This blog is written by Erik Schettig (teacher in the RET program) and Dylan Overton (student in the young scholars program) and is part of their program activities.
While Erik and Dylan worked on their 3D printed cases, some of the tops and bottoms cracked (see last week’s blog). To overcome this problem, they 3D printed replacements. As if that problem wasn’t enough already, they also discovered that some chest patches were warped a bit. This could lead to possible inaccurate readings. Erik and Dylan solved this issue by editing the chest patch CAD file and 3D printing it to provide a better fit for the board. After they got the design corrected, printed, and sanded the parts, they fitted all the board parts inside. Finally, everything fit just right!
Once boards were fitted, the student-teacher pair began testing devices. They applied a variety of conditions and environments to the chest patch to gain a range of performance information. Using an accelerometer in the chest patch, they observed what physical activity a user would experience before or during an asthma attack.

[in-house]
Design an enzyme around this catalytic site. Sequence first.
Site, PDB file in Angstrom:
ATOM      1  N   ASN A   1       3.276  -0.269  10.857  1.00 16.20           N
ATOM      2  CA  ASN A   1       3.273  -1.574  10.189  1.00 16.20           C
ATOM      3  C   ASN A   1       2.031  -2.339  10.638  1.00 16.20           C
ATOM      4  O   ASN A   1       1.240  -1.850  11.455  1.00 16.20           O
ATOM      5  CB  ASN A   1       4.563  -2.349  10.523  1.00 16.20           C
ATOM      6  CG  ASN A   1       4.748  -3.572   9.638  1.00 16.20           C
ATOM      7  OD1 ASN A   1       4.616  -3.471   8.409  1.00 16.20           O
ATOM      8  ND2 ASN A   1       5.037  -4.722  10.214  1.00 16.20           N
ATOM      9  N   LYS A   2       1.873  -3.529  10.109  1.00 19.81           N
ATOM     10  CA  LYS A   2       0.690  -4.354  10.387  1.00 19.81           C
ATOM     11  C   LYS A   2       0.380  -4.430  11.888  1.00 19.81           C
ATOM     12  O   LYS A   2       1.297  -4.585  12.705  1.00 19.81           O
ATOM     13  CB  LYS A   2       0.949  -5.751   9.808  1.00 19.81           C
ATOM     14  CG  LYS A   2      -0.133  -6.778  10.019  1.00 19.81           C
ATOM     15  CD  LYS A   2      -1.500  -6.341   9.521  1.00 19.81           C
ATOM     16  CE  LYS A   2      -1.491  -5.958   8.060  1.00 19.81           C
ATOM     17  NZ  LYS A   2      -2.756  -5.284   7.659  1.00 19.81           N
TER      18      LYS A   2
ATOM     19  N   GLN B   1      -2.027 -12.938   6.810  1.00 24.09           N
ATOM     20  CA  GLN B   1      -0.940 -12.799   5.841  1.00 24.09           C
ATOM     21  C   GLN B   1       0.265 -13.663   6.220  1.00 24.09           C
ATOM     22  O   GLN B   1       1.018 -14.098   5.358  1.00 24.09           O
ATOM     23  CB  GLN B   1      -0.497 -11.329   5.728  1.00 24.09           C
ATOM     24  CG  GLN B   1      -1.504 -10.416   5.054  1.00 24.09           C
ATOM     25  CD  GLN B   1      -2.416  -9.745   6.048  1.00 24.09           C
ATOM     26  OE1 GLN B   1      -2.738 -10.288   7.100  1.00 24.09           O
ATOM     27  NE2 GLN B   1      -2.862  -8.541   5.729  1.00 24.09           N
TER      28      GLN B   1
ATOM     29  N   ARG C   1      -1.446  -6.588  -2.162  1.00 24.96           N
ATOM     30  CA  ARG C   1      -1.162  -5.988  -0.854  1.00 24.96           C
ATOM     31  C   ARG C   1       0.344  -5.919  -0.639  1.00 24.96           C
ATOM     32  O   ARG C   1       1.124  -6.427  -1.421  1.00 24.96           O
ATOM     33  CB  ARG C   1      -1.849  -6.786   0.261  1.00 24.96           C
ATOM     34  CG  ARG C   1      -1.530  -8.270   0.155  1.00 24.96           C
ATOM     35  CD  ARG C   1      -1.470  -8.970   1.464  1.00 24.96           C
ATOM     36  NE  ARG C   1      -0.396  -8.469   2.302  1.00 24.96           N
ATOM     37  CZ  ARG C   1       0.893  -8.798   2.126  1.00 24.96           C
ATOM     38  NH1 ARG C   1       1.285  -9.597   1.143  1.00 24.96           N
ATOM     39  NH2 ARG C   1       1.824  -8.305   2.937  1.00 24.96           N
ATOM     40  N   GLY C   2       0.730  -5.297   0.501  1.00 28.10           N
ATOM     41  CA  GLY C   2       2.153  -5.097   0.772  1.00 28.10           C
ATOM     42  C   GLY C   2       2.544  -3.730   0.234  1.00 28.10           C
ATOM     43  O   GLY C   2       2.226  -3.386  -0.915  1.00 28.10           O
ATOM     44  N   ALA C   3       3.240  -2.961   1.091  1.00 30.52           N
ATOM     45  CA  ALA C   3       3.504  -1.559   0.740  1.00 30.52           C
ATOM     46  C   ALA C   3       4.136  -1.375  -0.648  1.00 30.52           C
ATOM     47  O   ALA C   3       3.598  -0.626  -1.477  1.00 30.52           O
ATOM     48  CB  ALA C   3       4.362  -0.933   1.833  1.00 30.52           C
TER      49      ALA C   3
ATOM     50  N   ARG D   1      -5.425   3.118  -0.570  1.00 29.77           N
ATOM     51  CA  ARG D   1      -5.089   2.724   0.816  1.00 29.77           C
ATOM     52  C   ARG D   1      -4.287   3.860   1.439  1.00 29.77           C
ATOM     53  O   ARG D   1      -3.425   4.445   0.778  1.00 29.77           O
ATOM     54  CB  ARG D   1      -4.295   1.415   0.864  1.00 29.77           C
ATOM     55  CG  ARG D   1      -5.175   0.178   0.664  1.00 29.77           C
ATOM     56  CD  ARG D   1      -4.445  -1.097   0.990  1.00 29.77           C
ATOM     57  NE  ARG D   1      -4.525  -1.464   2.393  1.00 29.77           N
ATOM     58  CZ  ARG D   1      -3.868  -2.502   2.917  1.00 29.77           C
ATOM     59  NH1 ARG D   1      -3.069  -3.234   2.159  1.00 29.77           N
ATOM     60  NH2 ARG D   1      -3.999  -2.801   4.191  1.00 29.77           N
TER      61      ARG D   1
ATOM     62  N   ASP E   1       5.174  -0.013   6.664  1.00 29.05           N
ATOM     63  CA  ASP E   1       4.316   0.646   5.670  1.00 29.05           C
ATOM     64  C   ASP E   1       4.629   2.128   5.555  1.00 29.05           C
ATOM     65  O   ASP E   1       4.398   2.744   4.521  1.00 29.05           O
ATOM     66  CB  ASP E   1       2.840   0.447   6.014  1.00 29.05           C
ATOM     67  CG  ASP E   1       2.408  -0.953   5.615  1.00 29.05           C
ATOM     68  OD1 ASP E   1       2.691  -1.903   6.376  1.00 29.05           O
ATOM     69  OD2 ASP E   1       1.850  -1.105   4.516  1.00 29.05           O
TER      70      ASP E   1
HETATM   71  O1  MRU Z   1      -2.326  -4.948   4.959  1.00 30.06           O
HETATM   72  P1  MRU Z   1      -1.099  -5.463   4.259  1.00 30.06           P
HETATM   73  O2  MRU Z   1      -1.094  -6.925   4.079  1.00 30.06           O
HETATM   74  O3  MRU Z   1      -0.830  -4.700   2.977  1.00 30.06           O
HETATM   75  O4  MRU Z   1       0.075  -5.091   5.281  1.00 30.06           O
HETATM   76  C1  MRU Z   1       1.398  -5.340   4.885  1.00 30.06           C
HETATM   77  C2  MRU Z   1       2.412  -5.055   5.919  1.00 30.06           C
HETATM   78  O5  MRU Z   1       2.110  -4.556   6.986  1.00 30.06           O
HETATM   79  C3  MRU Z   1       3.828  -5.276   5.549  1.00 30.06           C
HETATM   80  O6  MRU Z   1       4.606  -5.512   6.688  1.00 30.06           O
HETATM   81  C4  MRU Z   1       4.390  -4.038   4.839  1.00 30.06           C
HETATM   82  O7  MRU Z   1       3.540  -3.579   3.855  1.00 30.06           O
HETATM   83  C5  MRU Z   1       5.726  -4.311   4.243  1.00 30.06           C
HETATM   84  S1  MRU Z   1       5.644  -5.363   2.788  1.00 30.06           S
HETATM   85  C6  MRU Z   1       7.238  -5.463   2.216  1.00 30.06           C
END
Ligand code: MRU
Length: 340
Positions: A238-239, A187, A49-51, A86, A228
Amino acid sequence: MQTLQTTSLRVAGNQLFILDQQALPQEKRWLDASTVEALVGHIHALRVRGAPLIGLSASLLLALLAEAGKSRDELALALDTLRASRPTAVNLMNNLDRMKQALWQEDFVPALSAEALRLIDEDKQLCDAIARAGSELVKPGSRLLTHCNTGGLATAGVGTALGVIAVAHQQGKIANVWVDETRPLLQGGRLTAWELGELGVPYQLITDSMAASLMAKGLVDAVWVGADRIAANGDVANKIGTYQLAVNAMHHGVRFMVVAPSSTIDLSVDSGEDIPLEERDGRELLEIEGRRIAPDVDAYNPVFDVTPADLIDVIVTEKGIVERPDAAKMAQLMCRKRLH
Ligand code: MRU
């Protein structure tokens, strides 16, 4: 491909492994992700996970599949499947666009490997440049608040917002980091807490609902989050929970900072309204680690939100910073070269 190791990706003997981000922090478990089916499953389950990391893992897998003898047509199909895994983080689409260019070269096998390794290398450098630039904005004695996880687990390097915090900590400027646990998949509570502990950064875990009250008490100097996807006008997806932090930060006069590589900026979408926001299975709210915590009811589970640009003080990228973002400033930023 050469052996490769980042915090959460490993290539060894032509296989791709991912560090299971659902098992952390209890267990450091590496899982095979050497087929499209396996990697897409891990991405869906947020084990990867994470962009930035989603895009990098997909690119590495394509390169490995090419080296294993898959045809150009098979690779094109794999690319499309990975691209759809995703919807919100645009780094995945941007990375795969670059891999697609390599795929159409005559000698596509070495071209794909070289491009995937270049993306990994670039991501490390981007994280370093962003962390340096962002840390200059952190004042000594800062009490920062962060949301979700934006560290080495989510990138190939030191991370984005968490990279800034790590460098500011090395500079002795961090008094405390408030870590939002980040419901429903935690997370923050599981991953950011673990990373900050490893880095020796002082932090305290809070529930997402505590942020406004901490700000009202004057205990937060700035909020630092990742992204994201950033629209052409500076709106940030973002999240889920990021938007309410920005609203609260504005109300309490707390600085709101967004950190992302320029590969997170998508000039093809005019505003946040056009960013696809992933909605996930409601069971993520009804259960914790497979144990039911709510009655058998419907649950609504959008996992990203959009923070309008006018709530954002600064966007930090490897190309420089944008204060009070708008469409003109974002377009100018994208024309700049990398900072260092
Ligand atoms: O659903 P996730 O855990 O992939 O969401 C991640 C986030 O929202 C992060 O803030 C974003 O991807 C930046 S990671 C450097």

To show cast their project, Erik and Dylan started working on their team poster for the summer research symposium held on July 26. In this poster they are including information about the applications of the device, the steps they went through to construct it, and what role the boards play. Pictures, charts, and information are all arranged to communicate the goals of the project and future work.